"Rail infrastructure has an expected life of about 30 years and must be thoroughly rebuilt or rehabilitated at the end of that time or risk suffering numerous delays, accidents, and other problems. ... The original lines of the Washington Metrorail system turned 30 in 2006. Soon after that, riders began experiencing episodes of smoke in the tunnels, forcing the agency to stop and evacuate the trains. By 2013, such incidents were happening twice a month, and the agency had discovered they were caused by water in leaky tunnels short-circuiting fiberglass insulators in the third-rail power system, causing them to catch fire. In 2009, a train collision that killed nine people was blamed
on poorly maintained signaling systems.  As early as 2002, the Washington Metropolitan Area Transit Authority (WMATA) warned that the agency would need to spend more than $12 billion on maintenance in the next few years to prevent such problems. The system “stands at the precipice of a fiscal and service crisis,” the agency predicted. But neither the federal government, which had paid for most of the costs of building the system, nor local governments, which paid for most of the costs of operating it, stepped up to pay for maintenance. Today, WMATA’s general manager says the system has “$25 billion of unfunded capital needs. ...
"Boston’s Massachusetts Bay Transportation Authority and Sacramento’s Regional Transit District both have unfunded obligations that are more than double their operating budgets. The Maryland Transit Administration, New York’s Metropolitan Transportation Authority, Portland’s Tri-Met, and the Washington Metropolitan Area Transportation Authority all have unfunded obligations larger than their annual operating budgets. The Southeast Pennsylvania Transportation Authority (SEPTA) and Rochester Regional Transit Service (RTS) both have unfunded health care obligations that are nearly as large as their operating budgets and, when pension obligations are added, are likely to be larger. Most of these agencies also have large debts and/or maintenance backlogs.
What about mass transit as a way of helping mobility for the poor? Of course, this argument only works if the transit system is sufficiently widespread and reliable. But moreover, O'Toole argues:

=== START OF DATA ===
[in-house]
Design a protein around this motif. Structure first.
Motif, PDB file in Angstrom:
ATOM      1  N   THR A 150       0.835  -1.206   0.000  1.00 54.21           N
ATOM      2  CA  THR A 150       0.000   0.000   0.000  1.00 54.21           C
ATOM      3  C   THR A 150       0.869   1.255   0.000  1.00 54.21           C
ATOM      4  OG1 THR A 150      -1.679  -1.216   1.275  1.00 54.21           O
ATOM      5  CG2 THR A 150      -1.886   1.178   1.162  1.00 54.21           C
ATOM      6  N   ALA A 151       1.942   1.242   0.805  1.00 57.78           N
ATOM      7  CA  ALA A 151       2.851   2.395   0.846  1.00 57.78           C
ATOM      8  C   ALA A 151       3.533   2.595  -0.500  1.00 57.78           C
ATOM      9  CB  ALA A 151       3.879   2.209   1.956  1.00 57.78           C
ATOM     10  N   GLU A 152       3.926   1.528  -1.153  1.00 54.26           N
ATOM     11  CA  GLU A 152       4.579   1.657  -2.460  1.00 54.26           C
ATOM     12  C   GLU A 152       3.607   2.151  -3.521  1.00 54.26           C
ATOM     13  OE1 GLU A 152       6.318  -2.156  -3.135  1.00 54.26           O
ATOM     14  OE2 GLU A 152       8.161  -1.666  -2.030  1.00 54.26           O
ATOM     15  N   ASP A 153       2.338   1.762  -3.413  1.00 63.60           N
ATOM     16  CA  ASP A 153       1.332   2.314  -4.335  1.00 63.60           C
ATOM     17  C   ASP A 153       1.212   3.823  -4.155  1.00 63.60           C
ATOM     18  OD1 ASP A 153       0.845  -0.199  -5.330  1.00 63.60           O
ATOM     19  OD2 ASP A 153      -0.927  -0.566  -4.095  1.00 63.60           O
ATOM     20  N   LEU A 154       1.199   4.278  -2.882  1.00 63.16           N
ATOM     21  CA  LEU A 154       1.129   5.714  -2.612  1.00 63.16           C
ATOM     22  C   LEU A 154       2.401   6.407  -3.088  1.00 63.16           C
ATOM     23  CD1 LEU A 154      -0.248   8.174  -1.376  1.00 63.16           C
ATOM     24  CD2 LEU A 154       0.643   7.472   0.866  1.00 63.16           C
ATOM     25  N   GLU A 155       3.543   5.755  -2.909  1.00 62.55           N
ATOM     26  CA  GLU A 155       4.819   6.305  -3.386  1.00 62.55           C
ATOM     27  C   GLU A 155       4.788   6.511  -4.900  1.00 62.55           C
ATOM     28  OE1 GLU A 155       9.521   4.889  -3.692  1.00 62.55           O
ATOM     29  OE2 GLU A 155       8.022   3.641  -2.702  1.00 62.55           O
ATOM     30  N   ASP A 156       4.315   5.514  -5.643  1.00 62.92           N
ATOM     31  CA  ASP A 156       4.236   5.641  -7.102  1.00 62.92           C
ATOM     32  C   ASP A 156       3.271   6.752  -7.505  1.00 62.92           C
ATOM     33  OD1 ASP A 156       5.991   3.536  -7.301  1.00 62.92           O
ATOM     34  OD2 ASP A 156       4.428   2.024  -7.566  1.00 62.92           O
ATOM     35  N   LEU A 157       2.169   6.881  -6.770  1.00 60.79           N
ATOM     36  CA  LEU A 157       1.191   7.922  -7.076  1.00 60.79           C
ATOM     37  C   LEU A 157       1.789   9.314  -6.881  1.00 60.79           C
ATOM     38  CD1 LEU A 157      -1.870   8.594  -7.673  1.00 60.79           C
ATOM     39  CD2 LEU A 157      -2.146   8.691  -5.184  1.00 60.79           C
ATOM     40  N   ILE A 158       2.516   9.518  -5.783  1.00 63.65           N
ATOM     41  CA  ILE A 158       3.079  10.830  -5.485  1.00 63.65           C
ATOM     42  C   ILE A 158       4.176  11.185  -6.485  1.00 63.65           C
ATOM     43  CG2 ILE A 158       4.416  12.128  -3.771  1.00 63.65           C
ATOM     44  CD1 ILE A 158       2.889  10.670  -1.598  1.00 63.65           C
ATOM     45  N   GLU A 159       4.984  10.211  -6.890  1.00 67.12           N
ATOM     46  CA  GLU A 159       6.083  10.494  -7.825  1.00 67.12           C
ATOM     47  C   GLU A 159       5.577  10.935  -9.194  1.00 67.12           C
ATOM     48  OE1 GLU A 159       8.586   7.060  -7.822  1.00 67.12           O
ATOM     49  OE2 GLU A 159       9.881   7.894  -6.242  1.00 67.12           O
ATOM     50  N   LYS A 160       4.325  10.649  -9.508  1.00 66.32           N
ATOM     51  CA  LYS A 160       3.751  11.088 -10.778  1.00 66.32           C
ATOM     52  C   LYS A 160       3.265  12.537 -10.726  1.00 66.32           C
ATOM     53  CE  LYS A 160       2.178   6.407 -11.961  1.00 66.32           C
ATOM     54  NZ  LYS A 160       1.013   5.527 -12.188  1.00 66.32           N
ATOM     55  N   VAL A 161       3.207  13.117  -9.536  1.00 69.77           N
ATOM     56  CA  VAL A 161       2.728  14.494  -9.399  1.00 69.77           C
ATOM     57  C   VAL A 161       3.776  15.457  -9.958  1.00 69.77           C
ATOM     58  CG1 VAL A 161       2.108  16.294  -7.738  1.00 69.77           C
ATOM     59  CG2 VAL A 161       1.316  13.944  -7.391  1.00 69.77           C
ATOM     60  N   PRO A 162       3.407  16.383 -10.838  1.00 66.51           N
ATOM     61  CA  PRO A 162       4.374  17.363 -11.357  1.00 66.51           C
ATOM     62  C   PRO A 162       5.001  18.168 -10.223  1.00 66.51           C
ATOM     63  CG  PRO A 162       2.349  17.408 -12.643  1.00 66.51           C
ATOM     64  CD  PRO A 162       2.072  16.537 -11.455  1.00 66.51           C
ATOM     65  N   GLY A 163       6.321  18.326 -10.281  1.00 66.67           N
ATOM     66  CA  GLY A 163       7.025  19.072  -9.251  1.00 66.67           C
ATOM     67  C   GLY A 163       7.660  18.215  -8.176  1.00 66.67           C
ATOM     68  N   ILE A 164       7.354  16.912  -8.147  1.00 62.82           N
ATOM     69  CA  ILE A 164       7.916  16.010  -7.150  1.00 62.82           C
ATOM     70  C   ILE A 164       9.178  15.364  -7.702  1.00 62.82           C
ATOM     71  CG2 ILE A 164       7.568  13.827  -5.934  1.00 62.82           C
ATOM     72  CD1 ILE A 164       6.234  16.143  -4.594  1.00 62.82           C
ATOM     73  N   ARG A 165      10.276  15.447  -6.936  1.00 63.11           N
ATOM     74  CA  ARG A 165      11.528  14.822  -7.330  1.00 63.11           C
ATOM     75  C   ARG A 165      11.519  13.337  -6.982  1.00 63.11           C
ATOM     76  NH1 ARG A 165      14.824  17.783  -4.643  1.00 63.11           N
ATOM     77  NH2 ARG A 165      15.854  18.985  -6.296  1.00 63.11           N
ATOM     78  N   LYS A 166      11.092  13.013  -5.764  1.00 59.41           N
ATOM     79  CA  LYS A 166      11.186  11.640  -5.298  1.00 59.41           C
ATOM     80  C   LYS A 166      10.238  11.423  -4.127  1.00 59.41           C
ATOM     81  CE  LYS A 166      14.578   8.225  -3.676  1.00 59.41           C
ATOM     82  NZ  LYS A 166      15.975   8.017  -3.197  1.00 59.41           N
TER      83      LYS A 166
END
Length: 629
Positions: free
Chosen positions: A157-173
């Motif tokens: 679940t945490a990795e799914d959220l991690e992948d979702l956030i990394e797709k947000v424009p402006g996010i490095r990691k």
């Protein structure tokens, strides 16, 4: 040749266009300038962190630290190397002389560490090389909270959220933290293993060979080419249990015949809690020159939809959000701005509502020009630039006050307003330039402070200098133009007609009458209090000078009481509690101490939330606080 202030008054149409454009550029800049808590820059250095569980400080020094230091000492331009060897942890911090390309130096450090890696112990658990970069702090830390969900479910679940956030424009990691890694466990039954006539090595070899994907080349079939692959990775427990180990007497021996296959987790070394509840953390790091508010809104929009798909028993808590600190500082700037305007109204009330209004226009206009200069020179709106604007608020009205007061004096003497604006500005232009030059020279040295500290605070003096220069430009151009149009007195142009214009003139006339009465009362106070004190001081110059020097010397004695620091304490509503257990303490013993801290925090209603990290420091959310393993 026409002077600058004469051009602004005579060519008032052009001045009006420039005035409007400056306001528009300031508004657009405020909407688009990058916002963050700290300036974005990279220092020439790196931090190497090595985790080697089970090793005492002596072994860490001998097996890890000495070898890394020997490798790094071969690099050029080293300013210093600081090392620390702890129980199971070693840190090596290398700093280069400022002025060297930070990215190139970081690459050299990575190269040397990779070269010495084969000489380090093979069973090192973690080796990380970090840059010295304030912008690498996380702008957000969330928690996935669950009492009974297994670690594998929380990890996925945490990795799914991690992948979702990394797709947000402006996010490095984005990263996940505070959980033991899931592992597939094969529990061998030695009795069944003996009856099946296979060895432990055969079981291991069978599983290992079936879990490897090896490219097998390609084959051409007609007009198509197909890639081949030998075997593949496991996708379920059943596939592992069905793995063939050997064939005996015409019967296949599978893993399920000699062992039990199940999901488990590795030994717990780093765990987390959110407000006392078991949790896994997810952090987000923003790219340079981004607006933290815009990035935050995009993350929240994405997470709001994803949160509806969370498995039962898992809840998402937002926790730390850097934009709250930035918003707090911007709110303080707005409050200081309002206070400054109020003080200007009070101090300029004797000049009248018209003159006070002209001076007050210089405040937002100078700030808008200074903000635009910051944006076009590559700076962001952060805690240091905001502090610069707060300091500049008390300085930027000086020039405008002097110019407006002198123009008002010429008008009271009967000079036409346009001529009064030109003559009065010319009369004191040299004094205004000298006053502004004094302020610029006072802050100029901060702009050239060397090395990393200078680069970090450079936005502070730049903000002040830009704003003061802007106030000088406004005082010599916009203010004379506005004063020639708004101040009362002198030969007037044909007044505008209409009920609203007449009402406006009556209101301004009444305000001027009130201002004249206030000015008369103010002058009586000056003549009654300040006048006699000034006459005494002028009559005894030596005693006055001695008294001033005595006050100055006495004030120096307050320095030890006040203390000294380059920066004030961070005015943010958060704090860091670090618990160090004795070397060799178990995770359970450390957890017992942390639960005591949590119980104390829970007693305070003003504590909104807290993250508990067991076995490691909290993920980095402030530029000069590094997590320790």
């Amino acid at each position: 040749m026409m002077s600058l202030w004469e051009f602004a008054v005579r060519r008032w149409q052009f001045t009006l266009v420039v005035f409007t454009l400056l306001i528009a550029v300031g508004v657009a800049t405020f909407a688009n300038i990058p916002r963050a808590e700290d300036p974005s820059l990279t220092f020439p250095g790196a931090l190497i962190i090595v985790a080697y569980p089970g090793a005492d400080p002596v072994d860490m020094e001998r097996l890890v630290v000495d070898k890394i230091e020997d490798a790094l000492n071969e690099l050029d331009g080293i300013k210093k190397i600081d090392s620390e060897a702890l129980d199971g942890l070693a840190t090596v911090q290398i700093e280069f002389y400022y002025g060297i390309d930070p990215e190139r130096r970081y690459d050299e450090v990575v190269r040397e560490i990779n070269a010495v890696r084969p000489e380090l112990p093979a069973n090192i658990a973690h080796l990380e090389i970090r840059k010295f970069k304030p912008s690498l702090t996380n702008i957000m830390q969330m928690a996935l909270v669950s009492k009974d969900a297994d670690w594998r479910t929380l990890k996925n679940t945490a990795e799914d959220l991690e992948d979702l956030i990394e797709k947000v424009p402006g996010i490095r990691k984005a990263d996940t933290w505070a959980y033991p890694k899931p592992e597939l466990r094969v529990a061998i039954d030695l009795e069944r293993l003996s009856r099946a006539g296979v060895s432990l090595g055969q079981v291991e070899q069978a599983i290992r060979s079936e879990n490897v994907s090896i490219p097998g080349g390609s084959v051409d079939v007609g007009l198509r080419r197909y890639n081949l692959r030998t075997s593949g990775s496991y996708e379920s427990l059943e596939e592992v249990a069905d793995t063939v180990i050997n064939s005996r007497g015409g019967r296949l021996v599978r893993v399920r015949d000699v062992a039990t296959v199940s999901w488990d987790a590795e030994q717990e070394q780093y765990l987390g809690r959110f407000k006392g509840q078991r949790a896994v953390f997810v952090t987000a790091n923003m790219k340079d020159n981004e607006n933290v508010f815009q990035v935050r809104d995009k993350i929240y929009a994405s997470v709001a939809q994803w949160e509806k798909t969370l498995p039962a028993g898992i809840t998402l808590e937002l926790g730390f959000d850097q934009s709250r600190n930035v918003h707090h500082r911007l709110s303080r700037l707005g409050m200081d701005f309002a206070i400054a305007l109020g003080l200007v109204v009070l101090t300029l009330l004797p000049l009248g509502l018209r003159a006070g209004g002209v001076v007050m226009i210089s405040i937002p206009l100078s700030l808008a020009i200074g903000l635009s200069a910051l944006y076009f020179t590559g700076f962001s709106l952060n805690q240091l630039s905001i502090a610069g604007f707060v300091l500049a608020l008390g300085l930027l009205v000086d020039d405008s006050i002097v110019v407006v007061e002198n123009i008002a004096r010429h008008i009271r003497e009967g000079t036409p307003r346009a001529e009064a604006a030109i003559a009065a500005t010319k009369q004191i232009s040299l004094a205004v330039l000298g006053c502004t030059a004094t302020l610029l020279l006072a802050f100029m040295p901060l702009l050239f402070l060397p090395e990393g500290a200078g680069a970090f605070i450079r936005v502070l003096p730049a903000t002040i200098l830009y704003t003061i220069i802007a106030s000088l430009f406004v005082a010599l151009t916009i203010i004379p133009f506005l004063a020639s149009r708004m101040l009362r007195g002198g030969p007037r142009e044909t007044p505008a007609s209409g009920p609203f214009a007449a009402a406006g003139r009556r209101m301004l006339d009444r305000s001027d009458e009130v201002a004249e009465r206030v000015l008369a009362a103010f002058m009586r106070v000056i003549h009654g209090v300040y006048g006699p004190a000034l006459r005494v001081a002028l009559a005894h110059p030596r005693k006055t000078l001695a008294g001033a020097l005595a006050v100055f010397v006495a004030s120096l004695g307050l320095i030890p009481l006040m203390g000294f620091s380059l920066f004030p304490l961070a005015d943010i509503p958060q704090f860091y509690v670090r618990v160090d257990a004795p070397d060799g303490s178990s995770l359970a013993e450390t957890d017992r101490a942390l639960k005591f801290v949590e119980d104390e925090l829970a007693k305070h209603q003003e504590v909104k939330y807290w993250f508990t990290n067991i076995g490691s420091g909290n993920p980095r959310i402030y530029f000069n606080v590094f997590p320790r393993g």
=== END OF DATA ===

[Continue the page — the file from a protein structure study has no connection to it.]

"Census data reveal that a higher percentage of people who earn more than $75,000 a year take transit than any other income class. To the extent people believe that low-income people can benefit from transportation assistance, such assistance should be in the form of vouchers (similar to food stamps) that can be used with any transportation provider, from a ride-hailing service to an airline."
What does O'Toole's recommend?
"[T]ransit agencies should begin to prepare for an orderly phase-out of publicly funded transit services as affordable, shared driverless cars become available in the next decade. This means the industry should stop building new rail lines; replace most existing rail lines with buses as they wear out; pay down debts and unfunded obligations; and target any further subsidies to low-income people rather than continue a futile crusade to attract higher-income people out of their cars."
Even I, gloomster though I am, am not as gloomy about mass transit as O'Toole. But the neglect of physical maintenance, the lack of planning and funds for needed large-scale updating, and the accumulation of  unfunded liabilities are real problems. I'm also a much bigger fan of buses than rail for most cities (remembering that buses can run both on dedicated lanes and also on regular streets). Also, I'm not as confident as O'Toole that driverless cars are right around the corner. But a different technological possibility that is very near is a network of ride-sharing vans, perhaps with a capacity of about 10 people each, whose routes would be continually updated, coordinated and optimized. For a study of the possibilities of such a system in the context of New York City, see the article by Javier Alonso-Mora, Samitha Samaranayake,  Alex Wallar,  Emilio Frazzoli,  and Daniela Rus, "On-demand high-capacity ride-sharing via dynamic trip-vehicle assignment," Proceedings of the National Academy of Sciences (2017, 114 (3) 462-467; published ahead of print January 3, 2017).